We anticipate that many of the much smaller standards will continue to operate, although some may become further marginalized, particularly if they do not have the resources to participate (i.e., to complete the initial program-level assessment as required by the ICVCM’s regime).

Along similar lines, we see a risk that, if the CCP label becomes very successful, it could ultimately create a one-size-fits-all approach that is able to directly set the scope and rules of the market. This, in turn, may stifle innovation and, in some cases, potentially limit the flow of carbon finance to projects that do have merit, but don’t fall squarely within the CCPs’ requirements.

What about Europe’s proposed certification framework?

The European Commission’s proposed criteria are only set to apply to carbon removal activities that take place in the EU, which hasn’t yet established itself as a hotbed for removal-based projects in the mainstream voluntary markets. As a result, even if the Proposal is successful, it’s likely to cover only a small proportion of the credits traded on the carbon markets.

That said, it could be an important step. Firstly, we anticipate that any methodologies developed by the Commission are likely to be considered robust, which in turn will help raise the bar on what constitutes a “good” removal credit in similar ways to the CCPs.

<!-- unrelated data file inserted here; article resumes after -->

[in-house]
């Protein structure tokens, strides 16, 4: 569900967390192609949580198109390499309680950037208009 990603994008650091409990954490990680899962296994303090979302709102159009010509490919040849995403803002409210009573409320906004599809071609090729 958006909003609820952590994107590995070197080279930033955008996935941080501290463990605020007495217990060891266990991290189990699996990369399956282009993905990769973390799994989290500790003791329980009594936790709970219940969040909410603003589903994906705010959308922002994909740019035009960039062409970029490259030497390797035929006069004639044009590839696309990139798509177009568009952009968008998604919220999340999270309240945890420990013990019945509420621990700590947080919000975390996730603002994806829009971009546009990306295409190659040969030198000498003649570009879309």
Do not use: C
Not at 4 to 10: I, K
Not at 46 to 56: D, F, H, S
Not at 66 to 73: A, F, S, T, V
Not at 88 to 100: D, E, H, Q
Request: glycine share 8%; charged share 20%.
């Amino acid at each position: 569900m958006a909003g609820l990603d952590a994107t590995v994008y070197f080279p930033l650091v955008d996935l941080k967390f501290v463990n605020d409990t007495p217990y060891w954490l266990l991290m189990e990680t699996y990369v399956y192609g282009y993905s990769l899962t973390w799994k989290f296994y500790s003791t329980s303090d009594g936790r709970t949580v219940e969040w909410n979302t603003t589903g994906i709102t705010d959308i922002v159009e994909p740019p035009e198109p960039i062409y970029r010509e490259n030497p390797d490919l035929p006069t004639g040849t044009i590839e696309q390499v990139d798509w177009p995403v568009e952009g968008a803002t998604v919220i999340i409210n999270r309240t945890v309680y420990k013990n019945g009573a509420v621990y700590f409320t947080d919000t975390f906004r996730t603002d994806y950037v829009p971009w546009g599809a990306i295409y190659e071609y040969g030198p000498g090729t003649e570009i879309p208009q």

Secondly, the mere fact that the Commission itself has developed the methodologies and the context in which the certificates will be issued should give material comfort to more conservative investors, for example around greenwashing risks. This could, therefore, reasonably be expected to bring new participants into the voluntary markets.

Thirdly, the Proposal contemplates a regular review by the Commission of the regulation as implemented and by reference to wider developments, such as the status of the Paris Agreement. Over time, we anticipate this could lead to the regime being extended in the same way as ESG-related corporate reporting has been gradually developed in recent years.

Fourthly, the certificates could be used for purposes beyond offsetting. As a result we expect links could be established between the scheme and wider results-based financing initiatives created by other EU policy instruments, such as the Common Agricultural Policy, as well as state aid schemes run by individual member states.

Some groups have already called for the Proposal to be adapted to prohibit the certificates being used for ordinary offsetting purposes in the voluntary carbon markets.[10] They argue, for example, that: (i) demands for removals must not come from actors that still have scope to reduce their own emissions but haven’t yet done so; and (ii) companies shouldn’t be allowed to use removal offsets as a means of avoiding carbon pricing or emissions cuts in their own value chains. It remains to be seen what weight the EU’s legislators will give to these sorts of arguments.

Finally, if the Proposal is successfully developed, we anticipate that it could influence similar “sovereign” constructs elsewhere. There is a wider trend for states to seek to control more closely what happens in the voluntary carbon markets vis-à-vis activities undertaken within their jurisdiction. (At the time of writing the EU’s institutions (the European Commission, the European Council, and the European Parliament) were looking to finalize negotiations.)

What would the ideal carbon markets framework look like?